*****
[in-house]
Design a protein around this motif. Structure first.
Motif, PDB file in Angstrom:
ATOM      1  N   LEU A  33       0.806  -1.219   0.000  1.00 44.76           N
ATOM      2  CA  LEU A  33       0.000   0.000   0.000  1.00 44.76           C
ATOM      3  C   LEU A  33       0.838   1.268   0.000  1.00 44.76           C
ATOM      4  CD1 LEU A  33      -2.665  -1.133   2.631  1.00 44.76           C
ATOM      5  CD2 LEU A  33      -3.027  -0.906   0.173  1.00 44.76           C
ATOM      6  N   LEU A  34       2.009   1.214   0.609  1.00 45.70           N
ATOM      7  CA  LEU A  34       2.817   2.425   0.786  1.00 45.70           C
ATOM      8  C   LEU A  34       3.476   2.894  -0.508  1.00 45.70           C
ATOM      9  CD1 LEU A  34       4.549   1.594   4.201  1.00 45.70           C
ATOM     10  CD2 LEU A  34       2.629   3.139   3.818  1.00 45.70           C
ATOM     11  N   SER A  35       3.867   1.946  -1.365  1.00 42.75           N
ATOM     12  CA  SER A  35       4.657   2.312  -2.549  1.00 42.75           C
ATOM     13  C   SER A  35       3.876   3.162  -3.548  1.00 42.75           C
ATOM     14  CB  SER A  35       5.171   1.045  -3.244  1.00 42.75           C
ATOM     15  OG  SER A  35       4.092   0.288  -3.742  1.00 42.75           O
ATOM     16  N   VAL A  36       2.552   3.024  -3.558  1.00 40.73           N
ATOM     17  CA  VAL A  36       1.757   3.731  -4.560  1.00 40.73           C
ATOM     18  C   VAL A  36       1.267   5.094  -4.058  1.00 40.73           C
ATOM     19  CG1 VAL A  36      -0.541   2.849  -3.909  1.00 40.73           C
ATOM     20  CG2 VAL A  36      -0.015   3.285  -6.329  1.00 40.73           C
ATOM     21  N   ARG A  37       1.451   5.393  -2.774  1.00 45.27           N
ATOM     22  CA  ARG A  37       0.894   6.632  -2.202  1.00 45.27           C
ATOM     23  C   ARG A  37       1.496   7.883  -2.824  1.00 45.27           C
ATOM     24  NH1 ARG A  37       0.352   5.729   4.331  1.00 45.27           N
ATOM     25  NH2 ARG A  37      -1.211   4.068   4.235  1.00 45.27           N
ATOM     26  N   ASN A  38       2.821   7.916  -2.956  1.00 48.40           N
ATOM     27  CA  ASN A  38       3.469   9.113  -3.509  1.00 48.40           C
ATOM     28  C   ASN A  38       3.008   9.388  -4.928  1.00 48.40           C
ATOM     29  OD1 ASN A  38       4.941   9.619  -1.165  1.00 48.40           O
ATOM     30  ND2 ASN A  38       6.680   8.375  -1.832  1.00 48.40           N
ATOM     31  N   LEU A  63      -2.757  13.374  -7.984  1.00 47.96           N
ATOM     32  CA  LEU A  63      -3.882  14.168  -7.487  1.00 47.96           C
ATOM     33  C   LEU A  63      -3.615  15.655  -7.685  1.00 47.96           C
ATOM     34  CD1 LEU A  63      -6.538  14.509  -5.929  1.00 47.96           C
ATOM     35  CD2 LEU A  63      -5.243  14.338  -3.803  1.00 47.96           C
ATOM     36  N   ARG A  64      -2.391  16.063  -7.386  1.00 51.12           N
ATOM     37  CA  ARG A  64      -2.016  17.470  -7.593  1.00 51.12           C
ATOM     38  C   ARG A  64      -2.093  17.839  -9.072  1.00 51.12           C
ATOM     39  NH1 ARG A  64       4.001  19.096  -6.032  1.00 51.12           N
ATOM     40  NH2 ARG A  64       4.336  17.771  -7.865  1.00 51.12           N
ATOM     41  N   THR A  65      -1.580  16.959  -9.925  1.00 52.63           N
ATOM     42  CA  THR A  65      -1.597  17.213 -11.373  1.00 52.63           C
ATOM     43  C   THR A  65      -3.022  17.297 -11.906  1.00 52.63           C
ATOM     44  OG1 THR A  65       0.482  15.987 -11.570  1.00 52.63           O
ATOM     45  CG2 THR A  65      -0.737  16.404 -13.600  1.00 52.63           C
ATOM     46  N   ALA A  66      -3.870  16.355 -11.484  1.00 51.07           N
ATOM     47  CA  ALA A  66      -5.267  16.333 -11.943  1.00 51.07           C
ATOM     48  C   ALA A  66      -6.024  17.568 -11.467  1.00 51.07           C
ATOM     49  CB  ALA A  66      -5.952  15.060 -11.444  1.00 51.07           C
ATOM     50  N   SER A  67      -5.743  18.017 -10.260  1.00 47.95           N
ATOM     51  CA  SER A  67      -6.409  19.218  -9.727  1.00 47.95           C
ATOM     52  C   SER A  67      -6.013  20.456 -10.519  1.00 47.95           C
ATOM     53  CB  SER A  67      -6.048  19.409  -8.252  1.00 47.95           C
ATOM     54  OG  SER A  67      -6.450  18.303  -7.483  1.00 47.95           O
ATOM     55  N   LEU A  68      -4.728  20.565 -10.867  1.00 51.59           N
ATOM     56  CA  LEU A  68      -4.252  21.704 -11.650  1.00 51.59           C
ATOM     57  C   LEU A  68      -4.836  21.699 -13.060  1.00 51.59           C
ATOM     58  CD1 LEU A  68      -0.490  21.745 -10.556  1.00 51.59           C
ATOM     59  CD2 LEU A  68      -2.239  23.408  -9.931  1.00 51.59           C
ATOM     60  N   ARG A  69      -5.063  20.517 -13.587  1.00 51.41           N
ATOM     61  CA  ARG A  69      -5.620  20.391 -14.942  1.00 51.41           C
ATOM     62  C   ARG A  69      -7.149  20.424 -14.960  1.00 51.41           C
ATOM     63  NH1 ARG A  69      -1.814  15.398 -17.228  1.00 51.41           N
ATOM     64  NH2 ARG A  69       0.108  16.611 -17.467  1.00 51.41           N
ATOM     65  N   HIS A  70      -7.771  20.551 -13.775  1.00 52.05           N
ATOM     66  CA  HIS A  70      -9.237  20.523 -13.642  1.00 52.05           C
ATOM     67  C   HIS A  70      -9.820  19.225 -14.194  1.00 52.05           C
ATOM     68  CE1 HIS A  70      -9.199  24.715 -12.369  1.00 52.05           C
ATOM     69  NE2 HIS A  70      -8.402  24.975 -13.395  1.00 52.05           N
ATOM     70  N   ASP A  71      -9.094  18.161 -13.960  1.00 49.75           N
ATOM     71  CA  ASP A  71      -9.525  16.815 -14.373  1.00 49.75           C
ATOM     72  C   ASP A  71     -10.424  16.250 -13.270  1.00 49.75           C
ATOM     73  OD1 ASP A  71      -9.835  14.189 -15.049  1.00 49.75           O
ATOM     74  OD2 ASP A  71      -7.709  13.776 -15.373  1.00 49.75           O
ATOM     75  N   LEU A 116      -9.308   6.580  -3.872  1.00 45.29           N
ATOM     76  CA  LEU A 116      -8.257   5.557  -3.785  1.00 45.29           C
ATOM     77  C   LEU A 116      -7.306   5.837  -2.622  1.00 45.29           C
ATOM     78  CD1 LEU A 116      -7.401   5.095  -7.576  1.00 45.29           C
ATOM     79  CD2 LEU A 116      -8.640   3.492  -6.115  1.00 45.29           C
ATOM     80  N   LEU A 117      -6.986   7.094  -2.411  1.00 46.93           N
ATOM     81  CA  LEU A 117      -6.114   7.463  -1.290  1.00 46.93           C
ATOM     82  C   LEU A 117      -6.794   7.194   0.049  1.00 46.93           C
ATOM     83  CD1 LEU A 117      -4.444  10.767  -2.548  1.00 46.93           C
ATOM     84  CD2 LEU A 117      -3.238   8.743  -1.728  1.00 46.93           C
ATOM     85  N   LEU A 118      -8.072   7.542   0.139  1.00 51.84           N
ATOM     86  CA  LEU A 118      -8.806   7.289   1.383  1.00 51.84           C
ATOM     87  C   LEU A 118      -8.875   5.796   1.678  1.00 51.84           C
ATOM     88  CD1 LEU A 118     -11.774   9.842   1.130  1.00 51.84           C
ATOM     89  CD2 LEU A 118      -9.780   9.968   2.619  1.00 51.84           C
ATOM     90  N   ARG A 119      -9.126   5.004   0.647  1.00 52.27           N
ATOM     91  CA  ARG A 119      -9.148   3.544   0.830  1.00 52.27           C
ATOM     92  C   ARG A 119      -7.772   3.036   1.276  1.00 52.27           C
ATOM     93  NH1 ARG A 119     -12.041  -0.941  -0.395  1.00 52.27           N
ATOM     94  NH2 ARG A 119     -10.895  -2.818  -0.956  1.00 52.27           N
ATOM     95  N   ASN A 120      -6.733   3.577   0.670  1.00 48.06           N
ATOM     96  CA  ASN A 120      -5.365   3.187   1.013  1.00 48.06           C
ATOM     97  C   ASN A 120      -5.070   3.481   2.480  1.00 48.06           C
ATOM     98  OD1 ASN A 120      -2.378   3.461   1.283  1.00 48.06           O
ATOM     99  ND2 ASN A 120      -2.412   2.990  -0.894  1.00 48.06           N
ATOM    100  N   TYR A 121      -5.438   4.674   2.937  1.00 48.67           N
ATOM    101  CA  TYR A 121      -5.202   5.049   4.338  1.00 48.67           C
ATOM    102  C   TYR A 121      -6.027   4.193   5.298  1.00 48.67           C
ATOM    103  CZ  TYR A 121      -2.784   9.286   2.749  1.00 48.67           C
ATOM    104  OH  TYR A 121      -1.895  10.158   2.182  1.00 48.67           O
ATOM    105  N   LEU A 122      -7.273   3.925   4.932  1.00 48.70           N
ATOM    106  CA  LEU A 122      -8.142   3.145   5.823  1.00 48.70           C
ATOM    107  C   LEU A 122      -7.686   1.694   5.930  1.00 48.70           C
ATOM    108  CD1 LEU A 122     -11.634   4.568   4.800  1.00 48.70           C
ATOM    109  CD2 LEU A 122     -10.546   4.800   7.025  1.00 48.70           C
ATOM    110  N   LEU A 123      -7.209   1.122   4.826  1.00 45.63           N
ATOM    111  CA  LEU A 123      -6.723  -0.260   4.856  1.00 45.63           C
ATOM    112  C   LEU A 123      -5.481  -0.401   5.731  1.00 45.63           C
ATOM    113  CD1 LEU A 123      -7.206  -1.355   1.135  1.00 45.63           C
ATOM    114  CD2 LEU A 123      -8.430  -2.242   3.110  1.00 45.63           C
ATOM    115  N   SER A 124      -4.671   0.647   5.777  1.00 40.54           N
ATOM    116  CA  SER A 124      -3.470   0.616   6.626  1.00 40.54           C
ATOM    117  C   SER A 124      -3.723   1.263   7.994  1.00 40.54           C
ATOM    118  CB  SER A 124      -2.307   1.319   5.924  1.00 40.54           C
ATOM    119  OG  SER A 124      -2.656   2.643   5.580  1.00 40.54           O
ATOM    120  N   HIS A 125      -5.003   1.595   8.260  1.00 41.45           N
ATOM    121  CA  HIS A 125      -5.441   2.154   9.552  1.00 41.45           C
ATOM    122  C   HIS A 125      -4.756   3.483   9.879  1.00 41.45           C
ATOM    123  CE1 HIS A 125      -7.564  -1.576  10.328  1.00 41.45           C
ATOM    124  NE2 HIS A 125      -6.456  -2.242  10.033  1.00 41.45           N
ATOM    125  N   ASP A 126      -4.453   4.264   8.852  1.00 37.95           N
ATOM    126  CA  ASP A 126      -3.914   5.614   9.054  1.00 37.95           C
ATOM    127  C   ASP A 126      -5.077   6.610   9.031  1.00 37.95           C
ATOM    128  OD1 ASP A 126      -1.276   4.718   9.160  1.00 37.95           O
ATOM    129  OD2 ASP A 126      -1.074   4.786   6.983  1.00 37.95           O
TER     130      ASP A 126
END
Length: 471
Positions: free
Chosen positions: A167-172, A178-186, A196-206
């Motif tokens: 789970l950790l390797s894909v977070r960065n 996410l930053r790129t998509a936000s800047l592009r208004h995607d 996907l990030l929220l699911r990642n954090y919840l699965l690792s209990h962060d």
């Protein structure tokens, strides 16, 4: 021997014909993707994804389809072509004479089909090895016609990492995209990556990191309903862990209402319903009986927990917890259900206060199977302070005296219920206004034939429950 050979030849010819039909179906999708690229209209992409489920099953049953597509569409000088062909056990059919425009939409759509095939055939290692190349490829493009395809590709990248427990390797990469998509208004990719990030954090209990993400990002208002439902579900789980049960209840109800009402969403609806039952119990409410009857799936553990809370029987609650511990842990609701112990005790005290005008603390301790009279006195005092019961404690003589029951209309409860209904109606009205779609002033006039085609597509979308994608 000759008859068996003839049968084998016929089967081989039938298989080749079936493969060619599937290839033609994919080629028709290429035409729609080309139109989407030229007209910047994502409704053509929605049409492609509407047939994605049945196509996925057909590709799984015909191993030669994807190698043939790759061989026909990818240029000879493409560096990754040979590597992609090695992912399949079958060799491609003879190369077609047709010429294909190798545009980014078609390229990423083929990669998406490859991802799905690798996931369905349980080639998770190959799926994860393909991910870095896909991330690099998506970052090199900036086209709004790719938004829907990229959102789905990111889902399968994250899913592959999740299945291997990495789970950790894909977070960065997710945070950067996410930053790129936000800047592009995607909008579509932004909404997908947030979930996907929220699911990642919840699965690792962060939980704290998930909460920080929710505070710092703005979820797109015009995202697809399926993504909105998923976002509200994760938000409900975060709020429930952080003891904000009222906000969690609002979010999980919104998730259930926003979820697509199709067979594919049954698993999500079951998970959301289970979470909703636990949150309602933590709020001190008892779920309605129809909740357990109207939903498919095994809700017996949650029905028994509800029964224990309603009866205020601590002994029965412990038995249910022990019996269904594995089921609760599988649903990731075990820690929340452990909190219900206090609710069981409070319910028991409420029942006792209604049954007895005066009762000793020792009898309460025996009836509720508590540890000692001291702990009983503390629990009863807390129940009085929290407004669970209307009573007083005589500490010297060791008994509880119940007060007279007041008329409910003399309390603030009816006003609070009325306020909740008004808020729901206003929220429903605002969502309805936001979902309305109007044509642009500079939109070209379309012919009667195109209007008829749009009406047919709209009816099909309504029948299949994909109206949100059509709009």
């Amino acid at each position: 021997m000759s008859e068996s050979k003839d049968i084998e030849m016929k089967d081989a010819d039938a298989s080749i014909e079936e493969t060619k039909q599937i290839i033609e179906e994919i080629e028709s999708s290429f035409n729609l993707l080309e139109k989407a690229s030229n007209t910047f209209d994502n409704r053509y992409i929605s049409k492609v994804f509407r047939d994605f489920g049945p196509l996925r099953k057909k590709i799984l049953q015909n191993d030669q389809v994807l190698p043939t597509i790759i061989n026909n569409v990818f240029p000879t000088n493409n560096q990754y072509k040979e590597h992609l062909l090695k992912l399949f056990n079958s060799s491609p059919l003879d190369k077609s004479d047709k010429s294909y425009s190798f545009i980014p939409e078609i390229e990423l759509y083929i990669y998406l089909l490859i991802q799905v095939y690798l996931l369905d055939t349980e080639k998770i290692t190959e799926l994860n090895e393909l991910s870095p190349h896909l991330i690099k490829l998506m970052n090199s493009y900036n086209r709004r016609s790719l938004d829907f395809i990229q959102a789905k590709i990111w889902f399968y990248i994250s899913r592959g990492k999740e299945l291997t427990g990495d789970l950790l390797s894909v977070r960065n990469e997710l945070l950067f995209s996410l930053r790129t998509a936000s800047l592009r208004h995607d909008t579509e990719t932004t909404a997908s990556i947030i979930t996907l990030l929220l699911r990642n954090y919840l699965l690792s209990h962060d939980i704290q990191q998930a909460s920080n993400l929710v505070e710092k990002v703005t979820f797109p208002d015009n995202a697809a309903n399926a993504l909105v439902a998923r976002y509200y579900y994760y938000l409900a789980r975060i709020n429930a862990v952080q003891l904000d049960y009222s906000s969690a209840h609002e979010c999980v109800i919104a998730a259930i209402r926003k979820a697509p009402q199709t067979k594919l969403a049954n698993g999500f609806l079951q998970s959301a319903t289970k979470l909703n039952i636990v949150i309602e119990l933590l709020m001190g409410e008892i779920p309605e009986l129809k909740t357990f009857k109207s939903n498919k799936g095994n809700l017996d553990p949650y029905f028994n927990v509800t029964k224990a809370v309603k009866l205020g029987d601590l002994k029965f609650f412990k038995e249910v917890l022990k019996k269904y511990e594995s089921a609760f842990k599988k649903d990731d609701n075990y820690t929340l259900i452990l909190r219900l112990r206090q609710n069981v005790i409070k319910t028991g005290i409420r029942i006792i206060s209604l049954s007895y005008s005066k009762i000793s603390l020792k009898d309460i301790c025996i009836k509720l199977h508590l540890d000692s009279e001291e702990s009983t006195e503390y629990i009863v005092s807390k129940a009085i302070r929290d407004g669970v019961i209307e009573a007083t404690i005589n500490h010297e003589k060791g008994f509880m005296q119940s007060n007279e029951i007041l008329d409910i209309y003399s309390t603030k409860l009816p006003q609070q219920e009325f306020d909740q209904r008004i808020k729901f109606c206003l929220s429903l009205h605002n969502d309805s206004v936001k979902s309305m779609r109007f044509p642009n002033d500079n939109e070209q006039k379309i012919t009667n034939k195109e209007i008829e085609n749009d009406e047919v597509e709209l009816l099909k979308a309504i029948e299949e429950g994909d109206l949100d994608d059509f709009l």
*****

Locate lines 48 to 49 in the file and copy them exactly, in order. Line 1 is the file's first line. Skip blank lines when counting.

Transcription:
ATOM     45  CG2 THR A  65      -0.737  16.404 -13.600  1.00 52.63           C
ATOM     46  N   ALA A  66      -3.870  16.355 -11.484  1.00 51.07           N